Quick Roundup 502

Monday, February 01, 2010

Fetal Incubators for the State

Here's a quote from a story about a Floridian woman suing a hospital. No, it's not about money: She was forced by court order to stay there against her wishes because a doctor and a judge agreed that her behavior might endanger her fetus.

American Civil Liberties Union lawyer Diana Kasdan said if the ruling stands it could lead to the state virtually taking over the lives of pregnant women, including telling them what they should or should not eat and drink and what medications they must take.


The judge ruled the best interests of the fetus overrode Burton's privacy rights, but Abrams [the woman's lawyer --ed] disputes that. He notes the Florida Constitution, unlike its federal counterpart, has an explicit and strong privacy right, which the state Supreme Court has said guarantees a competent person the right to "choose or refuse medical treatment."

"If you apply the best interest of the child standard, the woman becomes nothing more than a fetal incubator owned by the state of Florida," Abrams said. [link dropped, bold added]
Scenarios like this demonstrate that in socialized medicine, the only "choice" patients would have would be between the devil of neglect-by-rationing and the deep blue sea of state control over their personal lives.

The fight against socialized medicine is not over, and when it heats up again, proponents of freedom in medicine would do well to remember this case.

The Power of Focus

At Roadbrains, a man recalls the moment he picked himself up out of a gutter and turns his life around:
I woke up one cold, raw morning, my head in the gutter, in a pool of green vomit with blood in it. It wasn't the first time. But, this time I knew that I was going to die--unless I did something to save myself.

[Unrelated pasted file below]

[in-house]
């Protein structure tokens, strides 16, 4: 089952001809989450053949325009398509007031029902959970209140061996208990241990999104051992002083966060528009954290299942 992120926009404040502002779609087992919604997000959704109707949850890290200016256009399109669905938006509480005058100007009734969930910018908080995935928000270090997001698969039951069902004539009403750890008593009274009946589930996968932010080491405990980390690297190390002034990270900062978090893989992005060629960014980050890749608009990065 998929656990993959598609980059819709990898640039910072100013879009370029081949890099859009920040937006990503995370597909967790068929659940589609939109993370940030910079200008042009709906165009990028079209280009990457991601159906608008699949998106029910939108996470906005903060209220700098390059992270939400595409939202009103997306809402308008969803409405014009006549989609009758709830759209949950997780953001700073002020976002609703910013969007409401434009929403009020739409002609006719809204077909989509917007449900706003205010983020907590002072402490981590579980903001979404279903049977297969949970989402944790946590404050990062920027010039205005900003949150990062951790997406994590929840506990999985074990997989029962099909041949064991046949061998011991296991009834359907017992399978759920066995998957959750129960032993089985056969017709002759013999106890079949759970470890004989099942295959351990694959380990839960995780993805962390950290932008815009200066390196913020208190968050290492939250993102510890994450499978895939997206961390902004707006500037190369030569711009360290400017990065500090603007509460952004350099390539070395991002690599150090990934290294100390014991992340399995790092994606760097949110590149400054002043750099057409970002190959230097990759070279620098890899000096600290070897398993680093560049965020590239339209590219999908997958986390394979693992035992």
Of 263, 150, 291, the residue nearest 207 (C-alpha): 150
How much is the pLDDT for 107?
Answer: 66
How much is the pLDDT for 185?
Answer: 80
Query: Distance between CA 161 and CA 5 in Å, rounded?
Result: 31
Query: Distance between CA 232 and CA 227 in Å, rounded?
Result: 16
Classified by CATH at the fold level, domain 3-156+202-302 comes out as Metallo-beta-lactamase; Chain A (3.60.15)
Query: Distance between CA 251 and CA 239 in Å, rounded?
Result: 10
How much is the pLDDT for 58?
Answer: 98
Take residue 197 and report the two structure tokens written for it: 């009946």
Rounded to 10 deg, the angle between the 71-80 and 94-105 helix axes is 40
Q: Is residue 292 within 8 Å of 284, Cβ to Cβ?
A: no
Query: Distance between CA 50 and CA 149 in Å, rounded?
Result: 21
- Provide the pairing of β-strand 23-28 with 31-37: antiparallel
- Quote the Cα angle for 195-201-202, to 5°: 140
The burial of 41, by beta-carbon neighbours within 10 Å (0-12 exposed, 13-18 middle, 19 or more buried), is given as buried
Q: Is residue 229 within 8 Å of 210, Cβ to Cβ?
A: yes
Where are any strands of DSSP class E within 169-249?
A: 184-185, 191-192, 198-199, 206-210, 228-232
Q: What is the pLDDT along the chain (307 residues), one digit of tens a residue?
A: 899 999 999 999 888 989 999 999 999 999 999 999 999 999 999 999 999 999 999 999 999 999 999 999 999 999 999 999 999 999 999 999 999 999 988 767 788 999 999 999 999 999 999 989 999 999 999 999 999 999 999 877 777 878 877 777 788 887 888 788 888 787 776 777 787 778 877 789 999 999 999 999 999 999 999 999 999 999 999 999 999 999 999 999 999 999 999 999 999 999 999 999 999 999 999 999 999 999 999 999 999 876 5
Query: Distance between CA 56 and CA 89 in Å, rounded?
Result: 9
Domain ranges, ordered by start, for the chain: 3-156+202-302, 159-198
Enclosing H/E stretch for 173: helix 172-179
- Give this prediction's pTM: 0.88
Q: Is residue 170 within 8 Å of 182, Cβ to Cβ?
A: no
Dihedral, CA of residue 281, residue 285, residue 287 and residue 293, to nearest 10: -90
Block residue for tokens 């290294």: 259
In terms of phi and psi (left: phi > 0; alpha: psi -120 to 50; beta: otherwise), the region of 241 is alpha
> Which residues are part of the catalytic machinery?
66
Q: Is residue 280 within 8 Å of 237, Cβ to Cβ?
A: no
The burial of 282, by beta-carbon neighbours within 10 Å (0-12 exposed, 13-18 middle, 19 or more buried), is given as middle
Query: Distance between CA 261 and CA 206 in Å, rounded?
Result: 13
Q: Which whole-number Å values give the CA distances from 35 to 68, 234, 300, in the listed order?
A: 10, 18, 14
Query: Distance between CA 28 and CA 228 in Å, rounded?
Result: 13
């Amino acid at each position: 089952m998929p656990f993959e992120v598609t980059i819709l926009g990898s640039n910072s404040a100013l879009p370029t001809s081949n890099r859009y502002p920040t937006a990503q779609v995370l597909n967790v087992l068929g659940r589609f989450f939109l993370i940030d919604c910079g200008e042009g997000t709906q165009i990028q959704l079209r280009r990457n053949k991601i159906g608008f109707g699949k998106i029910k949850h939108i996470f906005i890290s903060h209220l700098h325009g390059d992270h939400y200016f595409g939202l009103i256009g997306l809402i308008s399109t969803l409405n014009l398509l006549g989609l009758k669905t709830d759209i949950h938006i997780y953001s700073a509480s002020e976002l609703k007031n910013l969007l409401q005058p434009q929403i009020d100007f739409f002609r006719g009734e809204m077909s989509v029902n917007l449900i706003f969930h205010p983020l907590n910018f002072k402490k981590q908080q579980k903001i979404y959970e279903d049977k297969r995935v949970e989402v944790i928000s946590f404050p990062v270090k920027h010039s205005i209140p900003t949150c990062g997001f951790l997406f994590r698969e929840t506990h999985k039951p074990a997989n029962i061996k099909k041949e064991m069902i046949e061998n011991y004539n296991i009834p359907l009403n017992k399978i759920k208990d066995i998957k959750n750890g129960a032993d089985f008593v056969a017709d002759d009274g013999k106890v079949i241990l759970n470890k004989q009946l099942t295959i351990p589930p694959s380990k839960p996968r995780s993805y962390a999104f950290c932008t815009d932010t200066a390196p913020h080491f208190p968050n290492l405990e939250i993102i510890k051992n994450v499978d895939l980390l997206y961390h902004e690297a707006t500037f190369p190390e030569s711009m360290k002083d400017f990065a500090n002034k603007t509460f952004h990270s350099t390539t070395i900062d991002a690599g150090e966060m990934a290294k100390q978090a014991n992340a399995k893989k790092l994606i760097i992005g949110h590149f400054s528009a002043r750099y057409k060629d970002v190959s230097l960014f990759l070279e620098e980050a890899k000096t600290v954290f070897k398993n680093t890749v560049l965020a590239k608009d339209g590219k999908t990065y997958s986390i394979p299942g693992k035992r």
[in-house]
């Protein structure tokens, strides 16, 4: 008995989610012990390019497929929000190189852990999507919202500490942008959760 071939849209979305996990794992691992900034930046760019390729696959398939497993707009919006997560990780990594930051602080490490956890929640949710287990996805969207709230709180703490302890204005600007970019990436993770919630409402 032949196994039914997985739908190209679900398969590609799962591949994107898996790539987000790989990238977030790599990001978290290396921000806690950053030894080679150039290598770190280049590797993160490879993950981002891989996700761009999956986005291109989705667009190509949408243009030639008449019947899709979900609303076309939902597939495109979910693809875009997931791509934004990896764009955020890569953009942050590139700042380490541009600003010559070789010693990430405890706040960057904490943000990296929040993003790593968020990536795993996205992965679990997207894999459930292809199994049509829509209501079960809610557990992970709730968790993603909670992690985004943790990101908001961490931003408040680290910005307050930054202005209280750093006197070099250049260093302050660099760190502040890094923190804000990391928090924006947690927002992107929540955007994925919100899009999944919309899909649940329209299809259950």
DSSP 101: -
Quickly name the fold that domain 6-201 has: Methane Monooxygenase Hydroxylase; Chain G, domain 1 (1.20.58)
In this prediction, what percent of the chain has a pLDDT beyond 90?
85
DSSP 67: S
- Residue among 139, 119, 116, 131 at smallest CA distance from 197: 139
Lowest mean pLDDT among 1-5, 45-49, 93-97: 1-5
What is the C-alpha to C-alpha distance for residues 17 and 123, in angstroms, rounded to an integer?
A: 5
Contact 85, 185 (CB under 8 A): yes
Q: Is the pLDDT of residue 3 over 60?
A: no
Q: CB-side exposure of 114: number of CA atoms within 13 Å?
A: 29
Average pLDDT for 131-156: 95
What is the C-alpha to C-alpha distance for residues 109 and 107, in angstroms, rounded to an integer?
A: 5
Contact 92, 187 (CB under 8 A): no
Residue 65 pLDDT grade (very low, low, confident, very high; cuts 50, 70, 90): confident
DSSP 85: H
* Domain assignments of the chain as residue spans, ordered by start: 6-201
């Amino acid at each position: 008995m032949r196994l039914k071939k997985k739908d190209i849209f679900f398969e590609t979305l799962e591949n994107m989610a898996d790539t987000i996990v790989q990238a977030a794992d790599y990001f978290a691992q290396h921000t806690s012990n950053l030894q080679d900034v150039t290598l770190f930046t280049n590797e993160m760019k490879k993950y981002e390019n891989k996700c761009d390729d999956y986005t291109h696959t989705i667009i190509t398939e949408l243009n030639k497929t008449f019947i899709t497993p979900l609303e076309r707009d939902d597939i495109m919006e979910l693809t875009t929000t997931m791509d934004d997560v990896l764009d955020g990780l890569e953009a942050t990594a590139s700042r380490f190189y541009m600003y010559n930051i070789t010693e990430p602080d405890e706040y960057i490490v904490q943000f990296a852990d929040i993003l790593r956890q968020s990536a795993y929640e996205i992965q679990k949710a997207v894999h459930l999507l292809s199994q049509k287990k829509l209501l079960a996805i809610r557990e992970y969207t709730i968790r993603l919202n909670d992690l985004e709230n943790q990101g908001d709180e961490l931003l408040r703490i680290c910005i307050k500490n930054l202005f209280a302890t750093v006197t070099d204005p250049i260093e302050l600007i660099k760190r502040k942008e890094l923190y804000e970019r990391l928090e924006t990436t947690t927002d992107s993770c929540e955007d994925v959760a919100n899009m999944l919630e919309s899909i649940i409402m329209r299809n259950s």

It was like a switch in my brain that was stuck. I had to flip it. Didn't know how to do it or if I could. It was life or death. If I stayed in the gutter I would die. I knew that for sure. So, with the greatest effort of my life I focused on what was in front of me. It wasn't a pleasant sight. But, it was real... [bold added]
Read the whole thing. (HT: HBL)

Is the GOP really listening?

Dick Armey:
Armey (R-Texas) explained in an interview that "in 1994 all we had to say to America was trust us, we aren't them, and nobody ever remembered being disappointed in us in the majority. Now we have to say, 'trust us, we're not them and we're not the guys that broke your hearts a few years ago.' So they have a bigger task. But that’s not an insurmountable task."
This is offered as advice to the GOP, but it doubles as a cautionary tale for the small-government tea-partiers: Never get trapped in the back pocket of a political party again!

Do that and your voice gets muffled.

"Heightism" in Dating

It never ceases to amaze me* how much mileage pointless discussions about optional values can get. Here we have a column about how most women prefer taller men and whether it might reflect "heightism" (i.e., a moral flaw analogous to racism).

It's a preference, just like any other of a slew of things that would not matter among mere friends, but could be deal-breakers in the realm of sexual attraction, including such things as hair color, build, and complexion. I'm shorter than average, and the above preference used to get to me when I was young, but if these women are "heightist," then I'm a "dark-hairist" and "curvist" on top of being a "heightist" myself. Anyone who claims not to have some kind of such preference is lying.

The idea of faulting anyone for such preferences is ludicrous. We all have them, and they are in large part psychological in nature.

* Or at least it does until I recall the newness of psychology as a scientific disipline and the massive confusion that exists in our culture concerning it and morality.